Plant of the Week: Desert Sun Lantana
The University of Arkansas System Division of Agriculture does not promote, support or recommend plants featured in "Plant of the Week." Please consult your local Extension office for plants suitable for your region.
Plant of the Week
Desert Sun Lantana
Latin: Lantana camara 'Desert Sun'
Winter arrived early over the weekend with freezing temperatures as far south as Birmingham,
Ala. By my reckoning -- at least according to our recent winters reminiscent of those
normally encountered in the banana belt -- it arrived about a month early.
Saturday morning, after the dip to near freezing temperatures, it was easy to spot the plants with a tropical birthright and those with more temperate upbringing. The warm weather plants, such as lantana, were already looking forlorn and starting to turn black.
Lantana, a member of the verbena family, is a woody shrub native of tropical America that has long been cultivated as a garden plant. In the wild it can make a bush 6 or more feet tall, but in our gardens it is seldom seen more than a foot tall and perhaps 2 feet across. Some plant forms have a more decidedly upright habit while others are more trailing.
Flower color of ‘Desert Sun,’ is predominately orange, but the tiny trumpet-shaped blossoms go through a range of colors from the day they open until they fall off three or four days later, giving the 2- to 3-inch diameter flower heads a tri-colored appearance.
Lantana leaves are typical in shape with an ovate outline and a serrate margin and can grow 3 to 4 inches long. They are rough to the touch and aromatic when crushed, betraying the family’s close relationship to the mint family. When exposed to temperatures in the mid 30's, lantana leaves turn from their lusty green to gray-green and finally black.
Lantana, and in fact most plants from the warm tropics, turn black when exposed to temperatures well above freezing due to a phenomenon called "chilling injury." Just as a banana will turn black when placed in the refrigerator, these tropical landscape plants simply abhor the cold.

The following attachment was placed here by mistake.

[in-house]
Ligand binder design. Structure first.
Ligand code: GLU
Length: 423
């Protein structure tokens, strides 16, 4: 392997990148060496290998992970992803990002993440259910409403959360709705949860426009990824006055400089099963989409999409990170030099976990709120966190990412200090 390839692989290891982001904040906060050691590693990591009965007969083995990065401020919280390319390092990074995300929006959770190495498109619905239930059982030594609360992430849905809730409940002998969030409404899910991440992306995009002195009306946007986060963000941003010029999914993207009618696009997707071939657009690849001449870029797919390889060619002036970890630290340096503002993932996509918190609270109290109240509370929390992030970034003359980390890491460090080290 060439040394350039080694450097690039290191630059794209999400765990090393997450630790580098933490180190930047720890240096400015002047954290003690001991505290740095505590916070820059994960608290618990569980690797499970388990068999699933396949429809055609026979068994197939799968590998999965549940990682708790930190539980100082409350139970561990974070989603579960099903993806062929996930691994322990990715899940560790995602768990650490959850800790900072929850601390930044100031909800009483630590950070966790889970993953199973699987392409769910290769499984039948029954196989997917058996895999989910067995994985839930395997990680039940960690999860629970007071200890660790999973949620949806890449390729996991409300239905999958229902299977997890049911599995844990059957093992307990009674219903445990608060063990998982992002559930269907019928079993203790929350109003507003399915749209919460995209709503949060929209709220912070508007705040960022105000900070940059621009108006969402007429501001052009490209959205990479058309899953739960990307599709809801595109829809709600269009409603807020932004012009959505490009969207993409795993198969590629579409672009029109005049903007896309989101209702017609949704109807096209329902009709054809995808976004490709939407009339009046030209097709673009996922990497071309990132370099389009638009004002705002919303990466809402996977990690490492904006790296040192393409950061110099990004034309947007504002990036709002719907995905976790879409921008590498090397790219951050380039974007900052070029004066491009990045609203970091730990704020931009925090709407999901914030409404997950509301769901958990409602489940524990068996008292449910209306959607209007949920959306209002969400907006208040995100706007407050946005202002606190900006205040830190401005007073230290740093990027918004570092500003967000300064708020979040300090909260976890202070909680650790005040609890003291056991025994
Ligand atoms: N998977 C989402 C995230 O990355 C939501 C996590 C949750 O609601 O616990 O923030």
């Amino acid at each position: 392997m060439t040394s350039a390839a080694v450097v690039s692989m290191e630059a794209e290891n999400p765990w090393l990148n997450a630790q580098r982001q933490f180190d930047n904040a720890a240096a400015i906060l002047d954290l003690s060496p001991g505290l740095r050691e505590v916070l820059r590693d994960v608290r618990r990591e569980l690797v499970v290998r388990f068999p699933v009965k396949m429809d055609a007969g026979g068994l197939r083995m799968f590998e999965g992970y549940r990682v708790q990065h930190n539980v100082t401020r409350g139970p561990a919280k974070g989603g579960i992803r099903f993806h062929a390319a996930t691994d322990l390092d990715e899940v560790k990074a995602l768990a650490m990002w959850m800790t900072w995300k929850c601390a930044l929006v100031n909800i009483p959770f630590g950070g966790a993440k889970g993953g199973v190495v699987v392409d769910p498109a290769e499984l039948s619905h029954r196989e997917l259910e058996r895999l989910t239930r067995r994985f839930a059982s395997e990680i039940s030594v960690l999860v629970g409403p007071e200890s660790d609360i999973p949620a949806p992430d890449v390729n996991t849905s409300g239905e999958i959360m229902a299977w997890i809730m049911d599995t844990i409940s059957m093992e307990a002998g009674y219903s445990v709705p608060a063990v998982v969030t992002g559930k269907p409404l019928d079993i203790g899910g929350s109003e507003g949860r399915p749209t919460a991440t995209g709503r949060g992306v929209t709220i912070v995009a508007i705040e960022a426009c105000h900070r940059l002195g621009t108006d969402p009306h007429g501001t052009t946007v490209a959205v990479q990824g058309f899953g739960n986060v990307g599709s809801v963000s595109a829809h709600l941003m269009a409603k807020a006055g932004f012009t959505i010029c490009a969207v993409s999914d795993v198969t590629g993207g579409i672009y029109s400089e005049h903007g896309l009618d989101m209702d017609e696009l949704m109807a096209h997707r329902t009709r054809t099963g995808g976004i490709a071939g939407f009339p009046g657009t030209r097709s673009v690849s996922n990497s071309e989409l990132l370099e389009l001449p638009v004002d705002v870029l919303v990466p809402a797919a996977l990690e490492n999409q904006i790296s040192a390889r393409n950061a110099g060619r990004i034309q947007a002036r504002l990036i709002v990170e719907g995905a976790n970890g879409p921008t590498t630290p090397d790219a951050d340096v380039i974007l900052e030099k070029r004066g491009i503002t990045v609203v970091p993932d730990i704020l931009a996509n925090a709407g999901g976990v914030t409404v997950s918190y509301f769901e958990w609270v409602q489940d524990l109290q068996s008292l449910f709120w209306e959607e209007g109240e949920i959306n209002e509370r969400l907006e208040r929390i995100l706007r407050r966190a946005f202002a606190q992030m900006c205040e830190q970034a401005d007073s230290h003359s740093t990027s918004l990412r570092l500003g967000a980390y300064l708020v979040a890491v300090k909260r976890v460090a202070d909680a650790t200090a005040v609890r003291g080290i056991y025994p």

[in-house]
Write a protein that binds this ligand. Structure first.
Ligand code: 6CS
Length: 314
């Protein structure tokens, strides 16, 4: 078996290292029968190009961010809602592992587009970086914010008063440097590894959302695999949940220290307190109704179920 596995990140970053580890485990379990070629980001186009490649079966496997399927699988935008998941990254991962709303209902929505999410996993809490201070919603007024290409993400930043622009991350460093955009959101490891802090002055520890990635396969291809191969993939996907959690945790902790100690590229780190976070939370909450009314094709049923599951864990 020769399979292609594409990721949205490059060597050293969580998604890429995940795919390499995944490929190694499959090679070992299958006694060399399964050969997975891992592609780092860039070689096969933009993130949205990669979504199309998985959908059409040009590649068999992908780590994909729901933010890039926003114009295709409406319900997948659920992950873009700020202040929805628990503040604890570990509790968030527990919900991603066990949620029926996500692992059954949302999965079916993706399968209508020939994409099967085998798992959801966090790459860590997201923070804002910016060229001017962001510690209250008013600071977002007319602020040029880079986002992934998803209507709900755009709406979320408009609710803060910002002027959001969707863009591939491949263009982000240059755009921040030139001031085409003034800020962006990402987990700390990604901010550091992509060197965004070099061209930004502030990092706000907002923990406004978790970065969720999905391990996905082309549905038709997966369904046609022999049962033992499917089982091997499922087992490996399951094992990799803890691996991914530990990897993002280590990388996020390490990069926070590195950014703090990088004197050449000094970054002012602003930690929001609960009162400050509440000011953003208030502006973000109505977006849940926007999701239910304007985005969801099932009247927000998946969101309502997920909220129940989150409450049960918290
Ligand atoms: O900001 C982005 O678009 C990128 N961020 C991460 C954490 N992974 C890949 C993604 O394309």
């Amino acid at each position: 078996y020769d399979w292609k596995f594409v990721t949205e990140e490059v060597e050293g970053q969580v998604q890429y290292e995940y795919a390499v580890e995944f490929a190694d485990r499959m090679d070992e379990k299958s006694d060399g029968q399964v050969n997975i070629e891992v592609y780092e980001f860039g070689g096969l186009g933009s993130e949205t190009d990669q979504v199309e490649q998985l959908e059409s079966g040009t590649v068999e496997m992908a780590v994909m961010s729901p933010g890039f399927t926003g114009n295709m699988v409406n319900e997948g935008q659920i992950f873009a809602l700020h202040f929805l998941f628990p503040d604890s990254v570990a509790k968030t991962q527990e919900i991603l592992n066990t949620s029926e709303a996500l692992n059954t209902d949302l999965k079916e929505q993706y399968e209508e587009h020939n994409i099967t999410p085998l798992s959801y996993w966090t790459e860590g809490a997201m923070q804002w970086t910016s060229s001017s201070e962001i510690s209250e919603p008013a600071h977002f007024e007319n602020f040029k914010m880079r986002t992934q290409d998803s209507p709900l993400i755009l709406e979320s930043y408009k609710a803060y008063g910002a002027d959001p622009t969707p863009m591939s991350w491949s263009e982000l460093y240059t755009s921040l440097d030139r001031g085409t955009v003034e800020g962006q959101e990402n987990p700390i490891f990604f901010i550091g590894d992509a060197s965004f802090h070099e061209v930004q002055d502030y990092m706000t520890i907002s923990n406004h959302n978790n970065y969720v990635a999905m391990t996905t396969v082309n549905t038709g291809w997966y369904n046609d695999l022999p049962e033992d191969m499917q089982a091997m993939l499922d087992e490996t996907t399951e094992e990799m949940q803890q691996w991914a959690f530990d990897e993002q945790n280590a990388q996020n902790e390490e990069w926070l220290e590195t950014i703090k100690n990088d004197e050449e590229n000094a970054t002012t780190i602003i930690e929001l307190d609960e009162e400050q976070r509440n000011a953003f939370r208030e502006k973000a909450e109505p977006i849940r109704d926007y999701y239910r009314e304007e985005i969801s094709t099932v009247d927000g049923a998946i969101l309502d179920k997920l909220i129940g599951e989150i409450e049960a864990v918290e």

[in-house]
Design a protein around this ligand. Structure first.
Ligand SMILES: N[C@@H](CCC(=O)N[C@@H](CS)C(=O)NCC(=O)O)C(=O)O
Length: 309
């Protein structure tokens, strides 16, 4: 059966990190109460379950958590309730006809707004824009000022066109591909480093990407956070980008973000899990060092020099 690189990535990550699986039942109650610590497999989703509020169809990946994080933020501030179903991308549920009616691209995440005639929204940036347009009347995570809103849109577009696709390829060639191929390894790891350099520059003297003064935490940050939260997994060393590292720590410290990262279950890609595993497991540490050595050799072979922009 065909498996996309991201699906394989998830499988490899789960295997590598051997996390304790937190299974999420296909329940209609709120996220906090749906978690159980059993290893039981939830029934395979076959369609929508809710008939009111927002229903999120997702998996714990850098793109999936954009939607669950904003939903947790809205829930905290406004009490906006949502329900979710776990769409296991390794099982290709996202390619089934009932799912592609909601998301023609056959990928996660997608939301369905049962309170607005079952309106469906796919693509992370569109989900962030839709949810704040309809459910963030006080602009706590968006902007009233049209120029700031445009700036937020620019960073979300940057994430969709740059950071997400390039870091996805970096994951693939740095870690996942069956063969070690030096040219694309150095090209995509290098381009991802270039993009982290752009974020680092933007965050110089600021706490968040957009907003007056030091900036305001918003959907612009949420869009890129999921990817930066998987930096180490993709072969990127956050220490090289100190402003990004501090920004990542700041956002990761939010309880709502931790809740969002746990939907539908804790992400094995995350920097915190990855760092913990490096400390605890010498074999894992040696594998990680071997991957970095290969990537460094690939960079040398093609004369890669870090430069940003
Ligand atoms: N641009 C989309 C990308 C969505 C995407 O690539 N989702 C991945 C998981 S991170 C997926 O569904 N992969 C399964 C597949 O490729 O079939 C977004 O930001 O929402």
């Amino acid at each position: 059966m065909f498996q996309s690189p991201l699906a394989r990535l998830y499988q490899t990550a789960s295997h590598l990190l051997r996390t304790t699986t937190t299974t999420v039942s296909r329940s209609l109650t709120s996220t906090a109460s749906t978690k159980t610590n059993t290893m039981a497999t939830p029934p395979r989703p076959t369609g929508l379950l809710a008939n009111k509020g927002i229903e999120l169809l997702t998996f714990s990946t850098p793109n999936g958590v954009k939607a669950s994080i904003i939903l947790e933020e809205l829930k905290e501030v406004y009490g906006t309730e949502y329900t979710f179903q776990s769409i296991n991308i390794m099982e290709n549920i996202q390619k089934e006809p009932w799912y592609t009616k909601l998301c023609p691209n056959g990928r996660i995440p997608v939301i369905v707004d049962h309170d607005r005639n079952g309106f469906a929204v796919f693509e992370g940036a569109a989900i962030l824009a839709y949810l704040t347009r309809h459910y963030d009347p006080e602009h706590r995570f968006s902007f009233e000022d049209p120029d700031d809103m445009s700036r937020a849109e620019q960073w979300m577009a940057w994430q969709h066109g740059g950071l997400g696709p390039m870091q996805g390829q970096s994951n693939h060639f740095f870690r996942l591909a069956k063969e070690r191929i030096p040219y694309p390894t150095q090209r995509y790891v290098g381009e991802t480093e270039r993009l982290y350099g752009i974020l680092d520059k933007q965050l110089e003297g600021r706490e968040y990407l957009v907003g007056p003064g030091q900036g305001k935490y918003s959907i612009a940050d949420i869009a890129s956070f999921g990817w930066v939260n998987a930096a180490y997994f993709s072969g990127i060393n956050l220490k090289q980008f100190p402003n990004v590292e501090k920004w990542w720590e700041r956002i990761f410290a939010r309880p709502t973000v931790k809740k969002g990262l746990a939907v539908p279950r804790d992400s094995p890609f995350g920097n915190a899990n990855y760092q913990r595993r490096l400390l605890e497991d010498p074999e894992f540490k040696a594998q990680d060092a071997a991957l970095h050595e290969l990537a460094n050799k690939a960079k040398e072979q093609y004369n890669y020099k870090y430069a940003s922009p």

The reason chilling injury occurs, is because of the makeup of the cell membrane. Membranes are composed of a complex mixture of lipids and starches and are wonderfully sensitive mechanisms for holding the juices of life inside the cell and still permitting the orderly transfer of things in and out of the cell on an as-needed basis.
In tropical plants, the lipid component of the cell membrane coalesces as the temperature drops, creating tears in the cell membrane allowing the stuff of life to leak out of the cells. Many tropical plants show signs of chilling injury whenever the temperature drops below 45 degrees.
Plants from a temperature climate have adapted mechanisms to permit the membranes to function at colder temperatures. In super hardy trees from the timber line on mountains, the membranes can be protected to as low as minus 40 degrees F.
If your lantana froze back before you were able to collect cuttings for next year’s planting, don’t despair. While the leaves wither up and die at the first sign of cold weather, the stems are more freeze tolerant.
Many gardeners dig up choice plants, cut them back hard and then overwinter them in a bright location over winter. But, for a couple bucks, a wide assortment of new, vigorous plants are available from local nurseries in the spring so such effort seems hardly justified in today’s busy world.
By: Gerald Klingaman, retired
Extension Horticulturist - Ornamentals
Extension News - October 13, 2000
The University of Arkansas Division of Agriculture does not maintain lists of retail outlets where these plants can be purchased. Please check your local nursery or other retail outlets to ask about the availability of these plants for your growing area.